Readings: ‘Umnoputras and their statistical charade’ October 15, 2006Posted by elizabethwong in Current Affairs, Economy, Malaysia, Politics, Race Relations, Readings.
Sunday Readings 1, while I pack up the house …
UMNOPUTRAS AND THEIR STATISTICAL CHARADE
By Dr Kua Kia Soong, Director of SUARAM, 14 October 2006
The latest controversy over the ASLI equity report is but another episode in a charade that began when the New Economic Policy was manufactured after May 13, 1969. Supposedly introduced to eradicate poverty regardless of ethnicity and to correct the “racial imbalance” relating to wealth holding in the country, all the statistics relating to ethnic proportions ever since have been consistently obfuscating.
For a start, it is impossible to verify the government’s statistics relating to share of equity and poverty incidence by ethnicity because the raw data used to calculate these are not made available. In 1986, it evoked this observation from the Far Eastern Economic Review:
“Suspicions that somehow these figures are doctored to suit political ends are heightened by the fact that all compilation is undertaken by the EPU, which is staffed at the senior level almost exclusively by Malays.”
Until the Eighties, the government used to measure wealth on a narrow cash-income basis without taking into account such factors as land ownership, scholarships, services and subsidies. This therefore threw up large disparities between the incidence of poverty among Malays being more rural-based, and the more urban-based Chinese.
Statistics on household income must also take into account the proportion of household members participating in economic activity. If the statistics show that there are more economically active members in the Chinese household, then this will invariably inflate their household incomes in comparison to other communities. It is clear that average income figures will always hide the true picture of poverty within each ethnic community.
The other controversial statistics relate to the proportion of equity capital held by the different ethnic communities. Even during the Eighties, it was pointed out that by lumping holdings of bumiputra and government agencies in nominee and locally-controlled companies under “Other Malaysian residents”, it was not surprising that the “bumiputra” stake would be understated (17.8 per cent in the mid-Eighties). It was estimated then that the bumiputra stake under “Other Malaysian residents” accounted for at least another 12 percentage points. Hence, there would have been no further justification to prolong the New Economic Policy beyond 1990.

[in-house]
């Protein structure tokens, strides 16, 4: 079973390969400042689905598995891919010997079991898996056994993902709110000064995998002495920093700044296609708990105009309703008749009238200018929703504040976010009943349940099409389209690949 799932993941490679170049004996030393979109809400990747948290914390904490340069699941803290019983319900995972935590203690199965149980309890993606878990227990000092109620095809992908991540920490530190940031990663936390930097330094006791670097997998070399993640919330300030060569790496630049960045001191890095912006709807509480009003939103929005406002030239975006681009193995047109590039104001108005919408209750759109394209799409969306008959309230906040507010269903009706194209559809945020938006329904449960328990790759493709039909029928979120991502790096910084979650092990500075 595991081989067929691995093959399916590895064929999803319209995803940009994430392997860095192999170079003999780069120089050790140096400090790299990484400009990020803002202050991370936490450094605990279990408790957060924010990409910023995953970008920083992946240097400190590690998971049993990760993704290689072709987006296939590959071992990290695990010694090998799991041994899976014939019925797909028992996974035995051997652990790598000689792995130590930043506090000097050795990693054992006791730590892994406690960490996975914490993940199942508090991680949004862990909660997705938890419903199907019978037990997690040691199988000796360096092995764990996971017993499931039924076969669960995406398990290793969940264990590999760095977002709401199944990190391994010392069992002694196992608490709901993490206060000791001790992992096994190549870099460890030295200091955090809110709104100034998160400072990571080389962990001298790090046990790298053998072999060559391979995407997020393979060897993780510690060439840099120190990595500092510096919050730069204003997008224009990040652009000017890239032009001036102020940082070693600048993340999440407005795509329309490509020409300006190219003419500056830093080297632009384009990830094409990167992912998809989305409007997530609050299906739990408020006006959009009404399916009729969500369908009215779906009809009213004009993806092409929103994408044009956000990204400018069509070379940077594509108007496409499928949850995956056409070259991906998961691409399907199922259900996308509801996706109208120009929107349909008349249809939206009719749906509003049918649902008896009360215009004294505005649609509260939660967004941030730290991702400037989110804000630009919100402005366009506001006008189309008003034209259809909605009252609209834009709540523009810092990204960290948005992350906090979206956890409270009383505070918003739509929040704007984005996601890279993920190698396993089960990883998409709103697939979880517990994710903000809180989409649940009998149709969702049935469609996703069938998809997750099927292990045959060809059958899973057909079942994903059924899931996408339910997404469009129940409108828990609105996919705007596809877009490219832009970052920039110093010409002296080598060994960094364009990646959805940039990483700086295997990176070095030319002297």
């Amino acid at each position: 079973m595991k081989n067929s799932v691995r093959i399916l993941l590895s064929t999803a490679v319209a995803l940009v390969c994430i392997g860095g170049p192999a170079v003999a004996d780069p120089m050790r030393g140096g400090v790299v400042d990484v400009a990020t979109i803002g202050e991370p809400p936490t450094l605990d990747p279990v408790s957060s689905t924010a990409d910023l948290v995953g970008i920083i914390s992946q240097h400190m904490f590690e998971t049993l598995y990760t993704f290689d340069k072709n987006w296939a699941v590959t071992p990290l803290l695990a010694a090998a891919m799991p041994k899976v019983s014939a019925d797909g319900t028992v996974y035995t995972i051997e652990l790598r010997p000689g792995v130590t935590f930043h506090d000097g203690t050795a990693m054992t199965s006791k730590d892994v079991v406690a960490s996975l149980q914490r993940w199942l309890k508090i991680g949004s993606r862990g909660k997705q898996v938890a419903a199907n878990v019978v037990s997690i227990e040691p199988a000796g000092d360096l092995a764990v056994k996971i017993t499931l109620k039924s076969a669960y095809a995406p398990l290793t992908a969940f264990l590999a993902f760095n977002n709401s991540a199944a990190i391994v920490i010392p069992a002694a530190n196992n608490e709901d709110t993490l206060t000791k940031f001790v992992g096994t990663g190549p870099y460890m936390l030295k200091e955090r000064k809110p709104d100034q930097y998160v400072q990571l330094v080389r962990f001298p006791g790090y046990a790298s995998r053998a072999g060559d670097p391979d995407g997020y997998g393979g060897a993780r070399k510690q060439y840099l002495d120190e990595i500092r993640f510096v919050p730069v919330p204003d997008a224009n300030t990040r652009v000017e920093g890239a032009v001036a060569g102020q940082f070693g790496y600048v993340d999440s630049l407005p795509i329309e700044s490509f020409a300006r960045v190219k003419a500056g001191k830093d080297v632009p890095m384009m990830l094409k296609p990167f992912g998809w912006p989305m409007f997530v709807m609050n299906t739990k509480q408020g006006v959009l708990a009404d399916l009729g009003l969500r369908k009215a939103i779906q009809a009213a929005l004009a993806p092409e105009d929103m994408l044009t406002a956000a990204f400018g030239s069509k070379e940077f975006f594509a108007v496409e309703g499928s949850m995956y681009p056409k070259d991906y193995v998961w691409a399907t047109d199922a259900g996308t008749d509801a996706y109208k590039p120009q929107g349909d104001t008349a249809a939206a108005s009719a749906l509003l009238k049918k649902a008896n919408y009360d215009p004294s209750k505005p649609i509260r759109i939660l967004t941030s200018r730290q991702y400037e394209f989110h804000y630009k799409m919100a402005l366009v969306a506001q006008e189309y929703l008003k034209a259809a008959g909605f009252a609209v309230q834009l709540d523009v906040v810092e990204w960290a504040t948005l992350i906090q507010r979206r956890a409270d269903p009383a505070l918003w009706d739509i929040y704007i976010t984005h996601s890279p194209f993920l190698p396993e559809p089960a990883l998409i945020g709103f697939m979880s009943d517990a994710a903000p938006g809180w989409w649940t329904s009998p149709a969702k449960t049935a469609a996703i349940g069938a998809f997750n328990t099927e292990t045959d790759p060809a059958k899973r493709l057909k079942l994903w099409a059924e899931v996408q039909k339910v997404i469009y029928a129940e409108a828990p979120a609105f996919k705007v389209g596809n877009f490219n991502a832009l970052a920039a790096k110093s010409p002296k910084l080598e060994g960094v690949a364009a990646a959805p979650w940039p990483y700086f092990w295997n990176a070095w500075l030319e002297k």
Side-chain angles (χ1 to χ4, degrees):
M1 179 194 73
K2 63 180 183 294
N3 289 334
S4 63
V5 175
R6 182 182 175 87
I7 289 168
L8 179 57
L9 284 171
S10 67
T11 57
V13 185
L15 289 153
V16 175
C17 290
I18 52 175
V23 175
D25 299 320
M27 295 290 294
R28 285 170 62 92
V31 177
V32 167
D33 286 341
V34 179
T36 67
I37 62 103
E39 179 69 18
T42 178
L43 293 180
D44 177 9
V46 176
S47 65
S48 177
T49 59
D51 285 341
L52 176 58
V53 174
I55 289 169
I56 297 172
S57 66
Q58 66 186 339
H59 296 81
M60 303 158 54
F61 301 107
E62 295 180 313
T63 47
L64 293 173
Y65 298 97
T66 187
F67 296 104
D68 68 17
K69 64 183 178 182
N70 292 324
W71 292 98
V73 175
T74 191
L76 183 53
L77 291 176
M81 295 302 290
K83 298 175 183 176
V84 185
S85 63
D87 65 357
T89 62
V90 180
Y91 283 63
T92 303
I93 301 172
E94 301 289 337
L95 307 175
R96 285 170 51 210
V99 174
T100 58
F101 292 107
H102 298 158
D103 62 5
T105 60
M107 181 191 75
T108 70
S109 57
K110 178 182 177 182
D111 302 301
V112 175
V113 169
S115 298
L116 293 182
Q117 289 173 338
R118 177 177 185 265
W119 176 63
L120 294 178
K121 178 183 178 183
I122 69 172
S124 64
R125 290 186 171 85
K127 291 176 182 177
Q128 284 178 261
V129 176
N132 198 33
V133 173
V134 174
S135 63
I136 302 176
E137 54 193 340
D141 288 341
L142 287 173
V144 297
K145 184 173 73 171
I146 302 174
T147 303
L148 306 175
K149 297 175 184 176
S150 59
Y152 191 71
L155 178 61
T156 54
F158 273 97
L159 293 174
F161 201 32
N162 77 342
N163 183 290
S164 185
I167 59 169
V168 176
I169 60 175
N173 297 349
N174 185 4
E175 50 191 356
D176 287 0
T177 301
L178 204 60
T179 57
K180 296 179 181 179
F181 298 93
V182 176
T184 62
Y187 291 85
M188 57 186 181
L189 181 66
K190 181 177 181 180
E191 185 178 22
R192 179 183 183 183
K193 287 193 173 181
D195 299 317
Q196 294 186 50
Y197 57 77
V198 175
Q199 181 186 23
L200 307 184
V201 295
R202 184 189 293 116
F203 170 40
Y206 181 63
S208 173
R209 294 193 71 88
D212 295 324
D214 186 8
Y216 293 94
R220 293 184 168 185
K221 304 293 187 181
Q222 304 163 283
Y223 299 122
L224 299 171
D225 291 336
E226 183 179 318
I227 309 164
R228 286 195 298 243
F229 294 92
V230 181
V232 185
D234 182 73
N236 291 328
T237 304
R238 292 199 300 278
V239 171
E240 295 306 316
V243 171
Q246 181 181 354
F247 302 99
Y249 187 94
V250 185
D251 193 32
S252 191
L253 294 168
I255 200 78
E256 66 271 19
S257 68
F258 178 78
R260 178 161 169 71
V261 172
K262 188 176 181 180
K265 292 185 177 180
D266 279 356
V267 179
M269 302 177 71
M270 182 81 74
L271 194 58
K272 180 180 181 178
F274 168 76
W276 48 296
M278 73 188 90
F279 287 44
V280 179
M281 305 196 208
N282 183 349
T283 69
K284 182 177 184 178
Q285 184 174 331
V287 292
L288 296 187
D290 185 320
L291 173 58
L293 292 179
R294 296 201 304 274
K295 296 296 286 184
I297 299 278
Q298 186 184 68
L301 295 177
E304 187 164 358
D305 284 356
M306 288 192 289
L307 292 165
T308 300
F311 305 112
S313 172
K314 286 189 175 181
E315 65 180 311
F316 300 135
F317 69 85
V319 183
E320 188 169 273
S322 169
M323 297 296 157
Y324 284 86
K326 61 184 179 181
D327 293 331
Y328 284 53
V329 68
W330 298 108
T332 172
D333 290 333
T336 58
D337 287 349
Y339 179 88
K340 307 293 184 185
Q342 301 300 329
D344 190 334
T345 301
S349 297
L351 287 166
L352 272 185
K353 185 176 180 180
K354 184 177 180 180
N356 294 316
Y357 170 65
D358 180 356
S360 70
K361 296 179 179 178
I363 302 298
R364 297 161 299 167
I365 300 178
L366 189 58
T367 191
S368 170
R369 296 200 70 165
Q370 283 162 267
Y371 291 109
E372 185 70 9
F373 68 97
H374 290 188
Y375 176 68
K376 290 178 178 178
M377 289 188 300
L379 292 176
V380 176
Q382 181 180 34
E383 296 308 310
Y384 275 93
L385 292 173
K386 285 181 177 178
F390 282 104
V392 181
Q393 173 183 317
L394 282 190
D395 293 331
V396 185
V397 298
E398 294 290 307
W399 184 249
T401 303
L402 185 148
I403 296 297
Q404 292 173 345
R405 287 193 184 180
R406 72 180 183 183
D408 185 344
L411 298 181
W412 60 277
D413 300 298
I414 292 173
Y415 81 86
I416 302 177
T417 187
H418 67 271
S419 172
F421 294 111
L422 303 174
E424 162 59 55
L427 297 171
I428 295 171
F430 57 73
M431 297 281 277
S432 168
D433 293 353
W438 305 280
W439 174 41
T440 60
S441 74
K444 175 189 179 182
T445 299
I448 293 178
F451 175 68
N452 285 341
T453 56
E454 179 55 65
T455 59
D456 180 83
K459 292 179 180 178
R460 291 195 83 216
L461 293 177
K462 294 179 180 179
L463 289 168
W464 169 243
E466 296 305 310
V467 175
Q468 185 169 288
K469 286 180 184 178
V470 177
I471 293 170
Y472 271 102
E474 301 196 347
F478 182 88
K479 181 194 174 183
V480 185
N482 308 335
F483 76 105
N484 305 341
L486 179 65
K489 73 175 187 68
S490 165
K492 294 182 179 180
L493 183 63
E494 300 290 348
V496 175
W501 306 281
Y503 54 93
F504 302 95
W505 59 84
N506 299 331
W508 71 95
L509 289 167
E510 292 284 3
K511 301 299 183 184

The solution to the latest controversy over how GLCs should be looked at seems elementary to the economics student. I am surprised the Government does not have the simple vision of getting the EPU technocrats to come clean instead of issuing threats to academics. Would I be a genius if I said that Petronas, to name but one example, is certainly not a Non-bumiputra corporate entity? Is there any wonder our ranking in the universities league is dropping?
This whole notion of equity share by race is nonsensical when bumiputras can sell their shares for cash as soon as they have been allocated and restore the status quo ante ad nauseum! Future writers of Malaysian fairy tales will deride the New Economic Policy very much like we lampoon the emperor’s new clothes.
Never Ending New Economic Policy
Without such a racially discriminatory policy, the Umnoputras would not only lose their unfair privilege, they would also lose their “Malay-centric” ideology to win Malay votes and enjoy the fruits of political power! Therefore, the NEP had to be prolonged under a different guise – the “National Development Policy”.
But while earlier Malaysia Plans used to provide statistics with ethnic breakdown (how else can we correct the “racial imbalance”?), the later Plans did not provide these. The authorities justified this practice by saying that they were “likely to promote feelings of ill-will or hostility between the different communities” (Standing Orders 23(2) of the Malaysian Parliament).
When I was in Parliament, my questions relating to proportion of scholarships and loans that were given to the bumiputra poor; the numbers and proportion of Malay, Chinese and Indian waged labour and their respective earnings and others were similarly disqualified under Standing Orders 23(2).
The need for a Freedom of Information Act has never been more urgent after this latest controversy.
A National Economic Policy
Any policy based on “race” is seriously flawed and questionable since every ethnic community has its rich elite and its poorer majority. Every scholar worth his or her salt knew then in the Seventies what the outcome of the NEP would be – the “corrective” measures have mainly benefited the well-placed Umnoputras. The separation of control of funds by NEP “trustees” from nominal ownership by bumiputras led to the flouting of public accountability. Without effective checks and balance, we witnessed the scandals of yesteryears – Bank Rakyat, BMF and others.
More insidious is the effect this widespread racial discrimination has had on ethnic relations in this country. Unity can only be promoted through an affirmative action policy based on NEED, never on RACE.